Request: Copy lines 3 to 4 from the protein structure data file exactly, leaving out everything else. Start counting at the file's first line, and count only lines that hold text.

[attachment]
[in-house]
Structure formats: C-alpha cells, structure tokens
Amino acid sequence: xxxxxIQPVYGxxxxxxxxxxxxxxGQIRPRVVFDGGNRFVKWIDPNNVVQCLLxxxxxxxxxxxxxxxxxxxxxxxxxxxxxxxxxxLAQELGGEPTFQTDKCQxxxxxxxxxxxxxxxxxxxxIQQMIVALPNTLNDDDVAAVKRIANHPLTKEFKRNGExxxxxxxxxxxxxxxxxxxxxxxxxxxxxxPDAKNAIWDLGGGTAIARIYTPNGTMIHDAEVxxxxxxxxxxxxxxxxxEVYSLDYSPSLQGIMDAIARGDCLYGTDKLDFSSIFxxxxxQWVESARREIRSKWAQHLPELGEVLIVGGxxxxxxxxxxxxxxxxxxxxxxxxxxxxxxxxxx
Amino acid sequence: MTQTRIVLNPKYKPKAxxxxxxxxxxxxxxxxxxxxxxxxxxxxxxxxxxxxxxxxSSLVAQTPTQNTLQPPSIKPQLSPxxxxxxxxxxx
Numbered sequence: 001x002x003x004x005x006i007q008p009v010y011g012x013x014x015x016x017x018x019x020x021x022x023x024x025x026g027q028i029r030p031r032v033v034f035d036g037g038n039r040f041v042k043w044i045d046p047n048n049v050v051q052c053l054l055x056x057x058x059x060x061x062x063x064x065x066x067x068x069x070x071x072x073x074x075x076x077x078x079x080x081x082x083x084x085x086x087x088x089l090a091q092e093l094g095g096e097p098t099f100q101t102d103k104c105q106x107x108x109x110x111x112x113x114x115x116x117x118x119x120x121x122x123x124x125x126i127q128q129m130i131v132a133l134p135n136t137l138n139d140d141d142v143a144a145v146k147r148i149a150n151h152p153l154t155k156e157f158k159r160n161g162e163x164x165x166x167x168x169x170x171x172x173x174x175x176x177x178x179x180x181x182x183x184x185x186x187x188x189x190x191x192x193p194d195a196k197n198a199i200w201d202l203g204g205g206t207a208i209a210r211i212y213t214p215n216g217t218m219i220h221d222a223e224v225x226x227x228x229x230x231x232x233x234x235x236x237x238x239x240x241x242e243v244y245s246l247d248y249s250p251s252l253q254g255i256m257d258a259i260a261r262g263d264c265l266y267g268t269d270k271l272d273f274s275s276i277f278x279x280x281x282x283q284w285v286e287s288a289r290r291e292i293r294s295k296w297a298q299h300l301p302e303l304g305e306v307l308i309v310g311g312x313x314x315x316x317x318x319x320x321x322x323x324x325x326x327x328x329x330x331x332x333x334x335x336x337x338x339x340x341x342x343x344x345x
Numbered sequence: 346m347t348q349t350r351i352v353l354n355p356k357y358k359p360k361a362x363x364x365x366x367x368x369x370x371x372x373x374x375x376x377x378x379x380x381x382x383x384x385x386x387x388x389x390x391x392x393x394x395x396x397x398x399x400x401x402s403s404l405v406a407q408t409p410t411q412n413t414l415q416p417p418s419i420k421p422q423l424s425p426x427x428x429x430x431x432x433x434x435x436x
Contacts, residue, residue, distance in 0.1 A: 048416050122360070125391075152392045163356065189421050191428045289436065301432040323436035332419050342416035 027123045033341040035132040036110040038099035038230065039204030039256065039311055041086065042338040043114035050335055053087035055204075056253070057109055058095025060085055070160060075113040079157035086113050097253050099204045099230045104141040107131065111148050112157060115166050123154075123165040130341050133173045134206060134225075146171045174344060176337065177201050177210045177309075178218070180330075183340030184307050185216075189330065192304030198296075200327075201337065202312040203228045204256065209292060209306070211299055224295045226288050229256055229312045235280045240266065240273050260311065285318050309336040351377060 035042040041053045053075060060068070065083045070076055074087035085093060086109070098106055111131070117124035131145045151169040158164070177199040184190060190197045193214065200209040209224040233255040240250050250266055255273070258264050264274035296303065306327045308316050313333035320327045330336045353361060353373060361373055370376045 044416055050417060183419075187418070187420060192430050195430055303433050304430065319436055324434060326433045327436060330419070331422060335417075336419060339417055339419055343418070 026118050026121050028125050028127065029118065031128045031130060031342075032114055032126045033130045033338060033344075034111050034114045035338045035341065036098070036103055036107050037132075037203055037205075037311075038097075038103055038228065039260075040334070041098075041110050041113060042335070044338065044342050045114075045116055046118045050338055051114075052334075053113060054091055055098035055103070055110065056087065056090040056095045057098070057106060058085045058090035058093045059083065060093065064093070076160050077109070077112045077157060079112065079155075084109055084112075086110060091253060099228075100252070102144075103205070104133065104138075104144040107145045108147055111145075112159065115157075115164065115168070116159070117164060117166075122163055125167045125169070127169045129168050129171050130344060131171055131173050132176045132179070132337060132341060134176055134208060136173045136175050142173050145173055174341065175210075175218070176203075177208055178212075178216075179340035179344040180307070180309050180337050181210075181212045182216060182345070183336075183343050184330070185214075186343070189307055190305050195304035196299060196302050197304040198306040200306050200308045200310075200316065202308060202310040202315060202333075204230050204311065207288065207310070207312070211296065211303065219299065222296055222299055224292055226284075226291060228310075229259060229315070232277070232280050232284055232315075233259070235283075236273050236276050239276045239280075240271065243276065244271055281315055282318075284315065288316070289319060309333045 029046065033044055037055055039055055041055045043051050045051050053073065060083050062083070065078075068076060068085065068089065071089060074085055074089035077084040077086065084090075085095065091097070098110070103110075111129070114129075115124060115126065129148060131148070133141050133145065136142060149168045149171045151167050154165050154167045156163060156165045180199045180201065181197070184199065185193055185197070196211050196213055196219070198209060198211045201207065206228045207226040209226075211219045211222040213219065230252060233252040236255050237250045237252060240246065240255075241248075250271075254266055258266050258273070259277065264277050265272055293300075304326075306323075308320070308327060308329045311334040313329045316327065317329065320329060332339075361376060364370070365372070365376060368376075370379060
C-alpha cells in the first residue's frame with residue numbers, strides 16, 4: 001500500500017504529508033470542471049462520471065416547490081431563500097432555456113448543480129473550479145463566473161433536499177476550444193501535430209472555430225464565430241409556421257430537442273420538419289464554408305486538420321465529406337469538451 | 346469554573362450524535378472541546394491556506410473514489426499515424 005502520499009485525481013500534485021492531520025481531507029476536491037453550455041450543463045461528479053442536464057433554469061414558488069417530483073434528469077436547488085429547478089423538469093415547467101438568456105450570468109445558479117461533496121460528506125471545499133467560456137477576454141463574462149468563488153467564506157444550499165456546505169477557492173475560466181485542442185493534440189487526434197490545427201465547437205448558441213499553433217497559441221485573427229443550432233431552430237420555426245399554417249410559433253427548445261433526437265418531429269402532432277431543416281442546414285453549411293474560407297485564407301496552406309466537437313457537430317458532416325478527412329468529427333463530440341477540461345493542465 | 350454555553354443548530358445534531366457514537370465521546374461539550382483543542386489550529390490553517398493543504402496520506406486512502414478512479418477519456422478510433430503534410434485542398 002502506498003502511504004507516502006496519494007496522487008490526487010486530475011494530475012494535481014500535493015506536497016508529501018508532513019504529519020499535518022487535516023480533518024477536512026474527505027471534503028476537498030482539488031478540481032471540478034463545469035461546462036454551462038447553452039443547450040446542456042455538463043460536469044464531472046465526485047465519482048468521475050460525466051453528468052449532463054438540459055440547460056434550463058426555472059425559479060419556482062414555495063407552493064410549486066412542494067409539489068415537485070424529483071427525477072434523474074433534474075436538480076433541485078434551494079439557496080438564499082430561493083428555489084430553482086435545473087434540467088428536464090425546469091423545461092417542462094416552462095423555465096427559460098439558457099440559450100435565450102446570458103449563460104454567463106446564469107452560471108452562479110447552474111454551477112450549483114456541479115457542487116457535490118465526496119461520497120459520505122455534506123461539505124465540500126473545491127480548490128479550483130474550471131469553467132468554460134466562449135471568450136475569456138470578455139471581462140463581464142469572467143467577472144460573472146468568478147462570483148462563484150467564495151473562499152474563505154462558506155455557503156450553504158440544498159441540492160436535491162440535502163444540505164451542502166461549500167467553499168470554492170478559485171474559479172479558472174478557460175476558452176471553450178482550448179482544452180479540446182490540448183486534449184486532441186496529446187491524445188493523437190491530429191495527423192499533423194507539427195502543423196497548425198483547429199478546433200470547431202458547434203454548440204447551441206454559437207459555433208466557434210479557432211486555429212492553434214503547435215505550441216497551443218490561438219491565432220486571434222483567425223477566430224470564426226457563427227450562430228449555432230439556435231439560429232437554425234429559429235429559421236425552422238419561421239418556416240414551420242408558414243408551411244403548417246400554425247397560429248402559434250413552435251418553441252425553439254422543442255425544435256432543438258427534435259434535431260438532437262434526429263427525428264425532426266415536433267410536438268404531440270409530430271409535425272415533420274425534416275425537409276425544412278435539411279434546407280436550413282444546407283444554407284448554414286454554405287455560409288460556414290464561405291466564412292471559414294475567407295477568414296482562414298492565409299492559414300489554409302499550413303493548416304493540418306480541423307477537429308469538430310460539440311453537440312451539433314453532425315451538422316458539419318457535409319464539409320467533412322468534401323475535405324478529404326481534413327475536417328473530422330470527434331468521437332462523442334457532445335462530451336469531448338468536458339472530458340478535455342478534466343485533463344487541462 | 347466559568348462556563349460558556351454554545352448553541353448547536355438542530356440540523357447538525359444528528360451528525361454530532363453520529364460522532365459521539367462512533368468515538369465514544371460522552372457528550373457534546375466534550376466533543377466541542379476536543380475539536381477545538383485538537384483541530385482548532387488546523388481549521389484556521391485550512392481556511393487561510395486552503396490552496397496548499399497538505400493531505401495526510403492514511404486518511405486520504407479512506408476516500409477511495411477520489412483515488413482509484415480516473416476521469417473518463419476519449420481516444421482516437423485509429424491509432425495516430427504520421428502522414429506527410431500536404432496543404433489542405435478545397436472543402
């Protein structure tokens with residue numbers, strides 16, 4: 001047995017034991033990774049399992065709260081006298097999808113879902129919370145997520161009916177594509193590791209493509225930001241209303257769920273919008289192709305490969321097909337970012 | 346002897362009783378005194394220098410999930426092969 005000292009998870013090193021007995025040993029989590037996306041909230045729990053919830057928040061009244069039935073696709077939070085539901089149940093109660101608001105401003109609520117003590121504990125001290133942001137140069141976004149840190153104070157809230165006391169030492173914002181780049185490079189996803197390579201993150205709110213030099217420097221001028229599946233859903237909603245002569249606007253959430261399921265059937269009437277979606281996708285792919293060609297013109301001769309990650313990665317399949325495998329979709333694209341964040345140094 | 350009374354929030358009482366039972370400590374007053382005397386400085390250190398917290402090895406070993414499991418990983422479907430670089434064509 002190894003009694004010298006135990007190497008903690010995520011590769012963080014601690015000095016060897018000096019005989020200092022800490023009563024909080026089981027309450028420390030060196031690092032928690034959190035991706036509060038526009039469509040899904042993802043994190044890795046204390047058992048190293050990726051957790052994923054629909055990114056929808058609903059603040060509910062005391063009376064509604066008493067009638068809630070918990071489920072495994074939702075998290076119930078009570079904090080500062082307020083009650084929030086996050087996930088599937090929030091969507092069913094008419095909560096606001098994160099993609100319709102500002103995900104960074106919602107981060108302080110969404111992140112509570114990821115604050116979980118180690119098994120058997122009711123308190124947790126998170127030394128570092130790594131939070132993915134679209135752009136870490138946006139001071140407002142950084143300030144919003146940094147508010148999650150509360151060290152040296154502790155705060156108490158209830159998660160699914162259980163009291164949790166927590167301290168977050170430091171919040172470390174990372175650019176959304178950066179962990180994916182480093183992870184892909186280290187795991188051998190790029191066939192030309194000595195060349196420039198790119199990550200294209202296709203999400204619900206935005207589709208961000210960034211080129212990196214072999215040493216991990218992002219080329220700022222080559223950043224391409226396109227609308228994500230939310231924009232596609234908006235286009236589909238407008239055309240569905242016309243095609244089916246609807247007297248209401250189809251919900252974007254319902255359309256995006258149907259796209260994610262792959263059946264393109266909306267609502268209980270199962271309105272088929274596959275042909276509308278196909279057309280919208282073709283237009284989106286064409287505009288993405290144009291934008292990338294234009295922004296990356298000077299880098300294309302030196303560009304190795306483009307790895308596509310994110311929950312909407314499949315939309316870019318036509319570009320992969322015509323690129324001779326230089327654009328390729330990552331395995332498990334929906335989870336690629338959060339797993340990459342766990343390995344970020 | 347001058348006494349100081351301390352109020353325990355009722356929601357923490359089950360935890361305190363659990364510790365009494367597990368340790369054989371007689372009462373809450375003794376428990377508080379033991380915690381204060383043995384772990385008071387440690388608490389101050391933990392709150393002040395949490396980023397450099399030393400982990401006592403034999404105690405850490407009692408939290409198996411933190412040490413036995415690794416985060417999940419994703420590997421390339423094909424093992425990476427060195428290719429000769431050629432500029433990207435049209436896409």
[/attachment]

Amino acid sequence: xxxxxIQPVYGxxxxxxxxxxxxxxGQIRPRVVFDGGNRFVKWIDPNNVVQCLLxxxxxxxxxxxxxxxxxxxxxxxxxxxxxxxxxxLAQELGGEPTFQTDKCQxxxxxxxxxxxxxxxxxxxxIQQMIVALPNTLNDDDVAAVKRIANHPLTKEFKRNGExxxxxxxxxxxxxxxxxxxxxxxxxxxxxxPDAKNAIWDLGGGTAIARIYTPNGTMIHDAEVxxxxxxxxxxxxxxxxxEVYSLDYSPSLQGIMDAIARGDCLYGTDKLDFSSIFxxxxxQWVESARREIRSKWAQHLPELGEVLIVGGxxxxxxxxxxxxxxxxxxxxxxxxxxxxxxxxxx
Amino acid sequence: MTQTRIVLNPKYKPKAxxxxxxxxxxxxxxxxxxxxxxxxxxxxxxxxxxxxxxxxSSLVAQTPTQNTLQPPSIKPQLSPxxxxxxxxxxx